Rocky Road 

Unsettling inconsistency is a meal breaker.

click to enlarge food36_fatgoat_200.jpg

Part of the problem is my own expectations. I try to judge every establishment on what it's trying to achieve and I arrived at the Fat Goat ready to be a fan. I love the concept: farm to table, fresh, in-season produce. I love that it's grinding its own sausage, making its own cheese, baking its own bread. These are things restaurants should do and often don't. Even the name's cool. So I was hopeful. I wanted it to rock.

It didn't. At least not on my first visit. Nothing is bad, and the service is excellent. The dining room features a barely finished industrial look that is cheap, easy and disappointingly popular, but it's candle-lighted and busy. The food is OK. Again, we stumble over our expectations. My wife adores gnocchi, but the dish itself is a letdown, lacking adequate salt and a sauce to bring the elements together. In contrast, my filet of beef is overdone with a mushroom demiglace that's salty beyond enjoyment. (Yes, I know it should be a bit on the salty side. A bit — that's my point.) Our chocolate lava cake is burned around the edges. And dinner's not cheap. A $5 limeade? $16 for ribbon noodles? $28 per petite filet mignon? Fine. Then don't burn my cake.

Though my expectations are unmet, my hope doesn't die. Dinner is one thing, but what if the Fat Goat is a daytime beast? The lunch and brunch options are a relative bargain, many of the same flavors are present and the commitment to from-scratch, from-the-region fare is still evident, at least most of the time.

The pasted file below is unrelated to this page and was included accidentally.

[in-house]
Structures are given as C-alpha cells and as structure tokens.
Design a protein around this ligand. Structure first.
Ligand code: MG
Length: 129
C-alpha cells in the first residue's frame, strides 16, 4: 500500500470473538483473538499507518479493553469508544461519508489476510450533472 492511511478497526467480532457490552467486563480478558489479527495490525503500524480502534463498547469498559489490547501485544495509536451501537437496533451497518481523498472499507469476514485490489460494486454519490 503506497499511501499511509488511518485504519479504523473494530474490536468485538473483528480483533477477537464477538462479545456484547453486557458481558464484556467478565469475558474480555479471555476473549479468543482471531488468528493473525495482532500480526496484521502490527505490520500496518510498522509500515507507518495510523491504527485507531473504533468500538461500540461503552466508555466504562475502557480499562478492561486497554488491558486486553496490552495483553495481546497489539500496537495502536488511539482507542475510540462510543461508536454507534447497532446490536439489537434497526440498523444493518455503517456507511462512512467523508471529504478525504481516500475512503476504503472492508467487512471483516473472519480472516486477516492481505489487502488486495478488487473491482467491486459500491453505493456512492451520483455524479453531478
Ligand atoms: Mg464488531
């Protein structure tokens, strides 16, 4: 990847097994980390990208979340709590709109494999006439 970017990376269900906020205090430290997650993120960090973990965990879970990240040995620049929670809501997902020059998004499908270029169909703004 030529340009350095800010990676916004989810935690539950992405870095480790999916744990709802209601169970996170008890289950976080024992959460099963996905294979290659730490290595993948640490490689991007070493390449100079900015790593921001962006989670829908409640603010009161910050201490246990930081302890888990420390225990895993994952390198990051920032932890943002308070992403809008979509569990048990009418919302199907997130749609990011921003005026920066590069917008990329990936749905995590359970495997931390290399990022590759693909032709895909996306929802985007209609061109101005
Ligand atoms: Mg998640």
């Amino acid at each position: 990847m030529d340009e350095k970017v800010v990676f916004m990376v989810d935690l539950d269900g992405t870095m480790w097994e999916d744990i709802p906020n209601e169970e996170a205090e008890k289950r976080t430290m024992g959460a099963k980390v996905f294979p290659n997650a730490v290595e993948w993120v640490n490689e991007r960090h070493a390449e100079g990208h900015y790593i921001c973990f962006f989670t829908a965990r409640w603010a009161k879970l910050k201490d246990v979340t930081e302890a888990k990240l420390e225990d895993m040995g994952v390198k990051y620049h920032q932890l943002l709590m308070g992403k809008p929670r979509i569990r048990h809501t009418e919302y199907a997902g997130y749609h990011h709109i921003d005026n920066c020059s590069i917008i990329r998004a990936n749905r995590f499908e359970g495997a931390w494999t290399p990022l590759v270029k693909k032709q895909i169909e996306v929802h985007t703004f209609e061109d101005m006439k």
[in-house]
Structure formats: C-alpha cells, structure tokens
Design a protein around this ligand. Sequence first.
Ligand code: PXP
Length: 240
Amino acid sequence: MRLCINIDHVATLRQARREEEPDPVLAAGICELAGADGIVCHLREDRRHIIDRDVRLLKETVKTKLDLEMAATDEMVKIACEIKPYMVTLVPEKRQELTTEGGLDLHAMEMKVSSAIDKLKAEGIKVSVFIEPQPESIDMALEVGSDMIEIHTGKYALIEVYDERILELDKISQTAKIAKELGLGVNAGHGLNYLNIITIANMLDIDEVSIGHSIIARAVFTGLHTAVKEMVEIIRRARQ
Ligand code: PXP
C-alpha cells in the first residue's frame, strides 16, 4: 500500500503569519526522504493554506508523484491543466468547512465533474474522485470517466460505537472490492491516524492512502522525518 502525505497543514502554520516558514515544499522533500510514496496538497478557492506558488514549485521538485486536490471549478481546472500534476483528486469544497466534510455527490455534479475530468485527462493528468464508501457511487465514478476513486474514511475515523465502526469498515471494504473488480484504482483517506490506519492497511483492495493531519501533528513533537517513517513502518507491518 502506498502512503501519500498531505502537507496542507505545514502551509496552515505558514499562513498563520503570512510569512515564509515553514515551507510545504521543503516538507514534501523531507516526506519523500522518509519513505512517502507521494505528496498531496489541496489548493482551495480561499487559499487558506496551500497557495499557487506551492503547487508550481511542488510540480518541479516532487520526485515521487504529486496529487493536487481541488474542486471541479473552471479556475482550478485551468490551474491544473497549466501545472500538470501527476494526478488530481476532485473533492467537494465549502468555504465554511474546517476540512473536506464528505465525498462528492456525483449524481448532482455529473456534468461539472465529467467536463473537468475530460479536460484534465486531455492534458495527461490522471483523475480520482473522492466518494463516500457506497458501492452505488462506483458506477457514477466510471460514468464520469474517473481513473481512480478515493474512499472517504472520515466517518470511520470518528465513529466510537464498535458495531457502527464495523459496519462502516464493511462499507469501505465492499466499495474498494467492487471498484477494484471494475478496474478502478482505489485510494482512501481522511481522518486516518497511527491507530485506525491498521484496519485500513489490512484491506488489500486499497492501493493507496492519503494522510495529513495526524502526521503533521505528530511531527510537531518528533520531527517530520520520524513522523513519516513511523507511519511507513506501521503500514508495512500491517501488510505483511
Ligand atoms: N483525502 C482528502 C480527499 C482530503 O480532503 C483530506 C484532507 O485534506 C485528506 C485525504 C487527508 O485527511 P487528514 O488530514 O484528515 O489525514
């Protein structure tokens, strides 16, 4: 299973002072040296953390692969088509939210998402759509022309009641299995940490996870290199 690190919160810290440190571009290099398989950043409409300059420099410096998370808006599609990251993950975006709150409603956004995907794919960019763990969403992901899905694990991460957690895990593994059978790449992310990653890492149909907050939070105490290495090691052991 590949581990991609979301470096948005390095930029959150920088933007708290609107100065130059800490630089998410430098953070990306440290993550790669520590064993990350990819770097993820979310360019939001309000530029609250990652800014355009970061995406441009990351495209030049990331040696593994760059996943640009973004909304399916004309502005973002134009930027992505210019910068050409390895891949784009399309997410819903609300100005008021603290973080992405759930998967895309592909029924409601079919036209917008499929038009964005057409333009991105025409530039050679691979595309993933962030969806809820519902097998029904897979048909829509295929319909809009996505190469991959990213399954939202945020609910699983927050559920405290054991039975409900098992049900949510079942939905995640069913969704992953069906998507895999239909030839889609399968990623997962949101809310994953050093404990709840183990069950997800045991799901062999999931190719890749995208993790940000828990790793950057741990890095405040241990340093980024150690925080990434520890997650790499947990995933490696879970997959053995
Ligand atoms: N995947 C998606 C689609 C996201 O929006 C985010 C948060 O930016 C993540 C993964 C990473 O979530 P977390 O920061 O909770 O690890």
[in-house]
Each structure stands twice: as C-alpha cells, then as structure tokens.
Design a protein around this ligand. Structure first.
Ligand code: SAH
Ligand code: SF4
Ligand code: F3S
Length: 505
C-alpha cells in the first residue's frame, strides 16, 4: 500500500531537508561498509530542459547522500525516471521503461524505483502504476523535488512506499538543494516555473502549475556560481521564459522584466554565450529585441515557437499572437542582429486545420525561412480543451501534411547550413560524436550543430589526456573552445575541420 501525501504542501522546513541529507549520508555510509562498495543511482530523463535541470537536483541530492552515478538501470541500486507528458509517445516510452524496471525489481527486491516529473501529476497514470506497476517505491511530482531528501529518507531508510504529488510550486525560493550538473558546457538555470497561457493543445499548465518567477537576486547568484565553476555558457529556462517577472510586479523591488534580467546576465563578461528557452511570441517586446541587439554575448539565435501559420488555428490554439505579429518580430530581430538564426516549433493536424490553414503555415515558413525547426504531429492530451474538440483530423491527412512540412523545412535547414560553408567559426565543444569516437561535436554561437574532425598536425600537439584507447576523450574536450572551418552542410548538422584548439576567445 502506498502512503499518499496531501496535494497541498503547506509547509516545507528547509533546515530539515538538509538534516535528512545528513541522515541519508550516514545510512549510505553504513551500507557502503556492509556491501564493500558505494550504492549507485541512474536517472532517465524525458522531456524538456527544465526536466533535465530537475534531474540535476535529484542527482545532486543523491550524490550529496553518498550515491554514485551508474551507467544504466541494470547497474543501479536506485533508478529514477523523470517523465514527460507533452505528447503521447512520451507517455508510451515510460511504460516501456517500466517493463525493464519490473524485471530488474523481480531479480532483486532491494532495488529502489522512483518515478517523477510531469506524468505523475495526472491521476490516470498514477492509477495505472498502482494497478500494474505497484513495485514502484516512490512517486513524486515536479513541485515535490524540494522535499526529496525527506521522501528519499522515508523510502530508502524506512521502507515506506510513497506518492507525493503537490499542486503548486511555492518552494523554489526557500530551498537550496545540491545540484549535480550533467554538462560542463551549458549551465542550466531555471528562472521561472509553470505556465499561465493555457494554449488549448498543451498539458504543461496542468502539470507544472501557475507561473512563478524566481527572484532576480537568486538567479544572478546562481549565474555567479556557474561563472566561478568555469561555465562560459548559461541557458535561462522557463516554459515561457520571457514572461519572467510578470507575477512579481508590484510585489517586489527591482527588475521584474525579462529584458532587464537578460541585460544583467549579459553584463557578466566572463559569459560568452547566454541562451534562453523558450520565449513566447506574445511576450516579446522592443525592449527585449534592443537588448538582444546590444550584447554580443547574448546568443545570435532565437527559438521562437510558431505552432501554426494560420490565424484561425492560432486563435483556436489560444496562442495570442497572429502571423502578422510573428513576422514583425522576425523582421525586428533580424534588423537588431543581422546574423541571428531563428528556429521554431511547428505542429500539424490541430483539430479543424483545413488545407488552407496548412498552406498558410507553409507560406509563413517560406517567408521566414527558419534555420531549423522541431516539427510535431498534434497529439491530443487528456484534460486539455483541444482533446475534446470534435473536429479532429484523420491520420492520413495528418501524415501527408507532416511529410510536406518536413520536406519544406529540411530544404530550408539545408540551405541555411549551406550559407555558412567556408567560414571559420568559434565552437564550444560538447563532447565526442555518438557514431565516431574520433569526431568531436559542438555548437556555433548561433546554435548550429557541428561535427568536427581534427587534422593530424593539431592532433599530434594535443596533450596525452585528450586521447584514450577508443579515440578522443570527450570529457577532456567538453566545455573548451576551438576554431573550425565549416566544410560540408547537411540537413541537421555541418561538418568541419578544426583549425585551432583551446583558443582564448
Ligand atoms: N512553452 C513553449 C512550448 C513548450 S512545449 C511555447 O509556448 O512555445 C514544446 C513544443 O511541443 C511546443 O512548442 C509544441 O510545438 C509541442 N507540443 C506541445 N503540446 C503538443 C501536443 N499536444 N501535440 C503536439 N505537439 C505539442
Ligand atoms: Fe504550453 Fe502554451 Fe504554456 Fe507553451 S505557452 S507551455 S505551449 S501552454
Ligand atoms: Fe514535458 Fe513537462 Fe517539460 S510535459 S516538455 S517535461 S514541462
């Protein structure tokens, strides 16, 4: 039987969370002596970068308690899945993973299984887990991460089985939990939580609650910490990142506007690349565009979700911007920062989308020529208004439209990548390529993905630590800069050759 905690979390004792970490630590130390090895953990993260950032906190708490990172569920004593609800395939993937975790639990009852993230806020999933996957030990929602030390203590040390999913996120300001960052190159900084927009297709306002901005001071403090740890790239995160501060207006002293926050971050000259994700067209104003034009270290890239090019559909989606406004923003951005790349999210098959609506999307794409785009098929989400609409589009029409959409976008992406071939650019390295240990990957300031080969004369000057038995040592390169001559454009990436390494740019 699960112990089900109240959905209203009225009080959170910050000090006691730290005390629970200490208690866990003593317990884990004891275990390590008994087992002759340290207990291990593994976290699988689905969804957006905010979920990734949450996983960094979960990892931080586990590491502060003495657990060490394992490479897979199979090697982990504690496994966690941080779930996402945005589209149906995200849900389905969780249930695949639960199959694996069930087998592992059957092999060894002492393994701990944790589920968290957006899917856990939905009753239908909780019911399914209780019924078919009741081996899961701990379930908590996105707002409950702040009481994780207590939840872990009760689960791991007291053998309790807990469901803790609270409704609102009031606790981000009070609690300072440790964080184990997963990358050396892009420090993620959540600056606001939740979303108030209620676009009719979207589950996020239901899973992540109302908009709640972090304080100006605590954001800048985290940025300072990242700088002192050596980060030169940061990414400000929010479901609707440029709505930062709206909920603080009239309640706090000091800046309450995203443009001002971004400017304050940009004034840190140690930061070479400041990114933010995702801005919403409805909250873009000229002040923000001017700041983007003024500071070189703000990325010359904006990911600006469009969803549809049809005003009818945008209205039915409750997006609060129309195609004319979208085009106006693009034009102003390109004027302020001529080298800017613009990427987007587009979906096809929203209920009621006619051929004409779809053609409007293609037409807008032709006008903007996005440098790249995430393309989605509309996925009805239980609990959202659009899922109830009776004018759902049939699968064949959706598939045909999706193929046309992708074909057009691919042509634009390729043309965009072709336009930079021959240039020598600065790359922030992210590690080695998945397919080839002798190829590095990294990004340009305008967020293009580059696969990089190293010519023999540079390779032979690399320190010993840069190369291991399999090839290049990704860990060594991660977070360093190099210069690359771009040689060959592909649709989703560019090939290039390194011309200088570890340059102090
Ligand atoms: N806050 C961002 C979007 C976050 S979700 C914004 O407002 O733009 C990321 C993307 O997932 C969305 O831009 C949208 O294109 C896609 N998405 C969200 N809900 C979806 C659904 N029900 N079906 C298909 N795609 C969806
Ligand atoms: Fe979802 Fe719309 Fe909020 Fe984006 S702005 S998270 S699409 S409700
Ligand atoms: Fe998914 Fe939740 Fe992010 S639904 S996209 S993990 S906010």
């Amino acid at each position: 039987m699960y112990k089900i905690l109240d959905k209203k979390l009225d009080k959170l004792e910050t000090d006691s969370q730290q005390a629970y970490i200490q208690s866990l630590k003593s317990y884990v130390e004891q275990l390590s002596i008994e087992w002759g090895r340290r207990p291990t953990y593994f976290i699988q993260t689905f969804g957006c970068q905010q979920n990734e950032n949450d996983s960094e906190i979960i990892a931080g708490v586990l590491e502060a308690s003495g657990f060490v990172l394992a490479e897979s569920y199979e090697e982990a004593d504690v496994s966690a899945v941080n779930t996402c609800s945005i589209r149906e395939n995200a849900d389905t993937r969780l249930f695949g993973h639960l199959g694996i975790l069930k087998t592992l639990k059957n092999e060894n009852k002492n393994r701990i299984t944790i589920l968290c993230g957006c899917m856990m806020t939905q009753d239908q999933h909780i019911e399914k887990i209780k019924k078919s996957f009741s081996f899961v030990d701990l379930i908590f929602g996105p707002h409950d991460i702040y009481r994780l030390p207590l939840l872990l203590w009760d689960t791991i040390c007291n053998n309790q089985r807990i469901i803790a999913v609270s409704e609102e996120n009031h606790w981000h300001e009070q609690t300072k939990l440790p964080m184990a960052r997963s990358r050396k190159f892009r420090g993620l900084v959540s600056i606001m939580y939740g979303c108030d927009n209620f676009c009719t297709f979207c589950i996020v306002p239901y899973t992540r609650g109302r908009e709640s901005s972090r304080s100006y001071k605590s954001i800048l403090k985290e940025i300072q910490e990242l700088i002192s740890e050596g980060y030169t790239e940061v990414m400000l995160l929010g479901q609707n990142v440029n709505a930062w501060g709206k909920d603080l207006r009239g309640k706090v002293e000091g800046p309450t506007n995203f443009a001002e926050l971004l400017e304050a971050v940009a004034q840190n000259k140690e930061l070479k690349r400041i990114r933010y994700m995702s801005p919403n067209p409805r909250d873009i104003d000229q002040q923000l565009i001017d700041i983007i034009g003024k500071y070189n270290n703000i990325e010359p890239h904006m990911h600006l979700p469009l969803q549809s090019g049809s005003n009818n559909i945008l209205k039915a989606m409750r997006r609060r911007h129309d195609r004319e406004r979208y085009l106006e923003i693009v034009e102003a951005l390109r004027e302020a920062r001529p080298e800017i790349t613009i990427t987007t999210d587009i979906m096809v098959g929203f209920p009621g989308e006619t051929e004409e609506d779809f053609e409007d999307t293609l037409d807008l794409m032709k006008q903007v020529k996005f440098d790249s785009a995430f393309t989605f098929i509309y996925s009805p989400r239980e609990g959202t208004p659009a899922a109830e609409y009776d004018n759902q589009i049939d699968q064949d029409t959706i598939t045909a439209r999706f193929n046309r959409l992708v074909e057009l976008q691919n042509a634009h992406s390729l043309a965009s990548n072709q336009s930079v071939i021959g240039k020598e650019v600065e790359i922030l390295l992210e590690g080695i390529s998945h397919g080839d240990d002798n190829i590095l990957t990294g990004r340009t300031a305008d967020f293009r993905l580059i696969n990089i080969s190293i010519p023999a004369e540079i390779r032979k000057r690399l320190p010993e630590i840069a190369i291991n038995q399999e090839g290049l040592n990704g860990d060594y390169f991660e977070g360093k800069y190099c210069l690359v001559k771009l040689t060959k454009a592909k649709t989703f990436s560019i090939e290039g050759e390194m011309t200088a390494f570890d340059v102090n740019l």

The French press sandwich is worth going back for. In fact, I have. A creative reinvention of the Cuban press, this version features prosciutto, brie, cornichons and Pommery mustard on a fresh baguette. It's warm and gooey and filling, as any menu item with the word French in the name should be. The bison burger is good as well — thick and perfectly medium rare as ordered. The promised aioli is missing, but that's forgivable given the ample blue cheese and mustard.

Another hit is the cilantro and goat cheese omelet. It's simple and nicely executed. So too are the banana pancakes. … some of the time. I won't get into another rant about the importance of consistency, but, well, consistency makes or breaks restaurants. One Sunday the pancakes come with a pile of fresh, mixed berries and beautiful, thick-cut bacon. Two weeks later they're topped with pale, limp, thawed strawberries and strips of dry, black carbon. We chip our way in to find two tiny (and tasty) unburned bites in the center while discussing how that bacon could possibly have made it past at least one cook and one server. Where was the judgment about what to set before a guest? Of course, that assumes a work environment in which everyone is a professional and working toward the establishment's success. When our server clears our plate with its pile of charcoal, she tries to explain away our disappointment by stating that it's simply how they cook their bacon. Hmm. 

It's at this point in our morning that the coffee tastes weak, we notice the nail holes marring the walls, the poor paint job, the lack of dining-room music and that we can hear the kitchen radio — all of which would have been invisible if we were loving the food. S

The Fat Goat
5109 Lakeside Ave.
Dinner: Tuesday-Sunday 5:30-9:30 p.m. Lunch: Tuesday-Friday 11 a.m.-2:30 p.m. Brunch: Saturday-Sunday 10 a.m.-2:30 p.m.
Wheelchair accessible

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